Lorente de Nó used his Golgi impregnations (a) to demonstrate the topological organization of spiral ganglion afferents in the cochlear nuclei of postnatal rodents and the vastly different terminals in the different parts of the cochlear nucleus complex. Note that each fiber provides multiple contacts with different second-order neurons that have radically different morphologies. Modern techniques using differently colored tracers show that indeed the cochlear nuclei receive fibers from distinct nonoverlapping areas of the organ of Corti in this mouse embryo (b). Injections into the base (red) label fibers terminating dorsally, whereas injections into the apex (green) label fibers terminating ventrally in the cochlear nucleus complex. In addition, efferent fibers (eff) segregate from the cochlear nerve (Cne) to enter the brain via the vestibular root. AVCN, anteroventral cochlear nucleus; DCN, dorsal cochlear nucleus. Images taken from Lorente de Nó (1981) and Fritzsch et al. (2015)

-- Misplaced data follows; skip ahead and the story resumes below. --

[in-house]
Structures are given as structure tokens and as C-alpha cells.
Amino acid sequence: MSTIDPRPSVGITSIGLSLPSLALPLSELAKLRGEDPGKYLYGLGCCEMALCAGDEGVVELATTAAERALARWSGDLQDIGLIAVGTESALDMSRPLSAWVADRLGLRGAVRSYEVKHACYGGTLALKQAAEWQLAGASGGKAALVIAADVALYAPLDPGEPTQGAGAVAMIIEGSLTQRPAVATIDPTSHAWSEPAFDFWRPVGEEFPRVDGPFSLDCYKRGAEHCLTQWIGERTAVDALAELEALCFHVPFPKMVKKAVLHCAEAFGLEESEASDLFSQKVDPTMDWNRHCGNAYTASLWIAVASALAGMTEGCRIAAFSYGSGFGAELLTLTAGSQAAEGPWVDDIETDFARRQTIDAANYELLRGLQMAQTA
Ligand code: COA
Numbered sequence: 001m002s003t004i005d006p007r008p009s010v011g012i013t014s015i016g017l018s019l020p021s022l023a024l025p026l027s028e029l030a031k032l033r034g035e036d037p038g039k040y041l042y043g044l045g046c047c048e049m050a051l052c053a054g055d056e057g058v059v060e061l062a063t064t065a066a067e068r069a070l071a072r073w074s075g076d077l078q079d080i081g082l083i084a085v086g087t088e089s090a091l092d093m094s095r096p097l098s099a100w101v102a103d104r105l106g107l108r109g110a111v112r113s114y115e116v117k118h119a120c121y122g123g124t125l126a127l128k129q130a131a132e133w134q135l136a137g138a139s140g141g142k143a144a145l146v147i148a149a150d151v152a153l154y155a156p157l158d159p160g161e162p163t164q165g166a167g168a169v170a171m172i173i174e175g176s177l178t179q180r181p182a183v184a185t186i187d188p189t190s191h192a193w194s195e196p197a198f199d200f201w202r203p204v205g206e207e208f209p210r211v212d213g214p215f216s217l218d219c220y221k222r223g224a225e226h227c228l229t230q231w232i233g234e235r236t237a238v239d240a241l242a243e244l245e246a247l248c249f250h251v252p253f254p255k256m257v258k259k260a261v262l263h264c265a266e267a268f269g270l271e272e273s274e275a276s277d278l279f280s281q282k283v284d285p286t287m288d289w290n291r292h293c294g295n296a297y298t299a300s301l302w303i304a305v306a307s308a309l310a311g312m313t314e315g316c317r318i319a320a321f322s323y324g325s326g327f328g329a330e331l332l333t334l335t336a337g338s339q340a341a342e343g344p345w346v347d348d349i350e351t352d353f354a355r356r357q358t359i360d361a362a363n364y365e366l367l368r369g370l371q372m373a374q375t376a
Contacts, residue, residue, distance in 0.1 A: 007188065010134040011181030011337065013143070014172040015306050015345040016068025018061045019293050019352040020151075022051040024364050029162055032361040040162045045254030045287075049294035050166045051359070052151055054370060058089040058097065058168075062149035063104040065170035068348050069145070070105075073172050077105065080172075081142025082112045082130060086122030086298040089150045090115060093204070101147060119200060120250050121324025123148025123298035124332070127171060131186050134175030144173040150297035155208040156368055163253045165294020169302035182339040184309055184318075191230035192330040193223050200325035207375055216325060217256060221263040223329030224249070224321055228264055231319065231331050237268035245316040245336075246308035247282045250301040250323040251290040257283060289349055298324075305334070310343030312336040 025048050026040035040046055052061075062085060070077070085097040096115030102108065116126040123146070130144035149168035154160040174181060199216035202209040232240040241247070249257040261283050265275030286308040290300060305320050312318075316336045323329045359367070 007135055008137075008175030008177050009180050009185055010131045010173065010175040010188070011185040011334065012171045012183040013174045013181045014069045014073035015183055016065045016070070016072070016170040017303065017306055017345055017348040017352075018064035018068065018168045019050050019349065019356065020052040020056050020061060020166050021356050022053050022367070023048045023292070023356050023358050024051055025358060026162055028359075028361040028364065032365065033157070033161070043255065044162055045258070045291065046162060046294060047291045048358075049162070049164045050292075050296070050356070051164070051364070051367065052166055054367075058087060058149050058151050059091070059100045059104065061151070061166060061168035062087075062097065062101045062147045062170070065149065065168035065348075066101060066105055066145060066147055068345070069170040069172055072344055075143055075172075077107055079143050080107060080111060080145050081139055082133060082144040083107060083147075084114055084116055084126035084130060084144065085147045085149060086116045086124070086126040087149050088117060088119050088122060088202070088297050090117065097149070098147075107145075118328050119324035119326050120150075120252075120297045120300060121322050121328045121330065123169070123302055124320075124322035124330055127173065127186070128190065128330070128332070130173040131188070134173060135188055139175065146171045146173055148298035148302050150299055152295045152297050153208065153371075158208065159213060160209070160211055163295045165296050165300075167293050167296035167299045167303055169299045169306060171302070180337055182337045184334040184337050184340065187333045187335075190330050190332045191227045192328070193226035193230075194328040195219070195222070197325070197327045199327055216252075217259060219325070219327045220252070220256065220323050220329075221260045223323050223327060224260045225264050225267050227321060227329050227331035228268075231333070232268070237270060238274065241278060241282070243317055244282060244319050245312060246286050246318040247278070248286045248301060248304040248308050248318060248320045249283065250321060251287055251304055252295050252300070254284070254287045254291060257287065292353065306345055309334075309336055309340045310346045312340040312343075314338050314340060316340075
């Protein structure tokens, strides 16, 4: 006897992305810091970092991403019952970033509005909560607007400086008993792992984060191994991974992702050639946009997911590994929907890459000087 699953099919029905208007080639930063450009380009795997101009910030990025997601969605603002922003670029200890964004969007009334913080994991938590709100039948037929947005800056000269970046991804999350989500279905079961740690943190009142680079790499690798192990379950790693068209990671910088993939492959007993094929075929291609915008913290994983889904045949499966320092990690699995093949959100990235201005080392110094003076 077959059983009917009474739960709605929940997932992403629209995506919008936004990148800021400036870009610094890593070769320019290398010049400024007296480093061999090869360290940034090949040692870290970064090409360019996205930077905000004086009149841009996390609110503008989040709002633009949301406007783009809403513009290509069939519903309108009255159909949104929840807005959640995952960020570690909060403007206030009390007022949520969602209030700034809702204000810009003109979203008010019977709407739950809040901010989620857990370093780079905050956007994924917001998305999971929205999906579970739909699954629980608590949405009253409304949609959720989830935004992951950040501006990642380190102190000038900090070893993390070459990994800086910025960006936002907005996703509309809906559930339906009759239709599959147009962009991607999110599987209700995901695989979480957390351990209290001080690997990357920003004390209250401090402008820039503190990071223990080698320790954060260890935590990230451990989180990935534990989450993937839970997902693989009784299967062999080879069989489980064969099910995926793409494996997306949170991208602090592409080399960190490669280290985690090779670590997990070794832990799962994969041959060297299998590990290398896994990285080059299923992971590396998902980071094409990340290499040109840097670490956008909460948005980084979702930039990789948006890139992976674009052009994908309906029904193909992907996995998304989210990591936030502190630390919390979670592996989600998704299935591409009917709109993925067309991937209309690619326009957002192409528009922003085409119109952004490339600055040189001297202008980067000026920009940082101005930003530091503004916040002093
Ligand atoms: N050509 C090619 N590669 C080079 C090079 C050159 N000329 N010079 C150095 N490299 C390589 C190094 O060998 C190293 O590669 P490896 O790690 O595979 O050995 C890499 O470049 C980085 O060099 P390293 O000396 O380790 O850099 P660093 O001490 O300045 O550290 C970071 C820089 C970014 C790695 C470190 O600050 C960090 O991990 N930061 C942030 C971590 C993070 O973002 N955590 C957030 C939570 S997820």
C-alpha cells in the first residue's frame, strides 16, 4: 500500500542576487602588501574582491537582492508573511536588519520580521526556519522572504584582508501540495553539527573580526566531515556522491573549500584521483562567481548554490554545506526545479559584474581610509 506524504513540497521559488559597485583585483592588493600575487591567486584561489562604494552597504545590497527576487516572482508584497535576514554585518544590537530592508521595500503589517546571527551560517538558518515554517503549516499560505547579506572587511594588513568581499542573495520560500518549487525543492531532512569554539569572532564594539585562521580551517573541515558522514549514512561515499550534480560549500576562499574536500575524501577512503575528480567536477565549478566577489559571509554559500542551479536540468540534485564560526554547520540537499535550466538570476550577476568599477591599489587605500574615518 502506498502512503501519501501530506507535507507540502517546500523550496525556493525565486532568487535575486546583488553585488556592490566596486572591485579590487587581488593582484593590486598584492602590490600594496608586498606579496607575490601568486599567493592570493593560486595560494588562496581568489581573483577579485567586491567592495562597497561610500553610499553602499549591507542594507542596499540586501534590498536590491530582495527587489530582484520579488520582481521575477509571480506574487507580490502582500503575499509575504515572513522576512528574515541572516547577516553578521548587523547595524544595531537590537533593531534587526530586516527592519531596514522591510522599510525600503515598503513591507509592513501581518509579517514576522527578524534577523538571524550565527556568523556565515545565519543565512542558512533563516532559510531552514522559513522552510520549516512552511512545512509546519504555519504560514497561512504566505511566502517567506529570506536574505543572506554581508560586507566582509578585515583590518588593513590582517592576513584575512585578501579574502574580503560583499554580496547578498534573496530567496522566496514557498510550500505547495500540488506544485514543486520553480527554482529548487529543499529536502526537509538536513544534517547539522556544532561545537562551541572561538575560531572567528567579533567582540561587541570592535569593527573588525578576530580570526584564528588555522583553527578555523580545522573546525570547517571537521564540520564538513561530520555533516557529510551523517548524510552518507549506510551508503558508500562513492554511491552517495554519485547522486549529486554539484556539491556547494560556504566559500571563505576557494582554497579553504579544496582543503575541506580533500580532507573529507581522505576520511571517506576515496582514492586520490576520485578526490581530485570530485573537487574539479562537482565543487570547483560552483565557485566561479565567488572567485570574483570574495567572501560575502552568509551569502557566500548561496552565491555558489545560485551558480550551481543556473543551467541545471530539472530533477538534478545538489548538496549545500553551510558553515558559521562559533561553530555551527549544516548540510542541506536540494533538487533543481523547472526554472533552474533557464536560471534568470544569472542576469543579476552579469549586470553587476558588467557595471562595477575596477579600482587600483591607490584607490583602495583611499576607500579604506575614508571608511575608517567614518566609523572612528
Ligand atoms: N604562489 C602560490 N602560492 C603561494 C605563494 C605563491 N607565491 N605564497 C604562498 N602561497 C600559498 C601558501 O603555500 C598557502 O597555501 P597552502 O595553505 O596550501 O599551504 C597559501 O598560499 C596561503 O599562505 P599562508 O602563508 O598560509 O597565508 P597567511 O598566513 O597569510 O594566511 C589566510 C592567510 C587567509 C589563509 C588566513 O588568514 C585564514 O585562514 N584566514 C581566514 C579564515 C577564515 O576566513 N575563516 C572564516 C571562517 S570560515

1.3 Objectives of the Book
Beyond these early neuroanatomical insights, research over the last 30 years has shown that loss or damage of hair cells and/or spiral ganglion neurons is the leading cause of congenital and acquired hearing loss affecting millions of humans (Yamasoba et al., 2013). The most common therapeutic strategies for hearing loss are based on either using hearing aids to increase hair cell stimulation in moderate hearing loss or utilizing cochlear implants (CIs) as an electronic substitute for hair cells in cases of severe hearing loss resulting from severe hair cell loss (Zeng et al., 2011). However, both scenarios depend on the presence of functional spiral ganglion neurons to achieve a positive outcome. Indeed clinical data suggest that the function of CIs depends critically on the remaining number of spiral ganglion neurons (Nadol et al., 1989; Reiss et al., 2012). Thus, the development of methodologies that could be used in the maintenance, repair, and regeneration of spiral ganglion neurons in a damaged ear have significant implications for future advances in cochlear implant technology and the treatment of neurosensory hearing loss.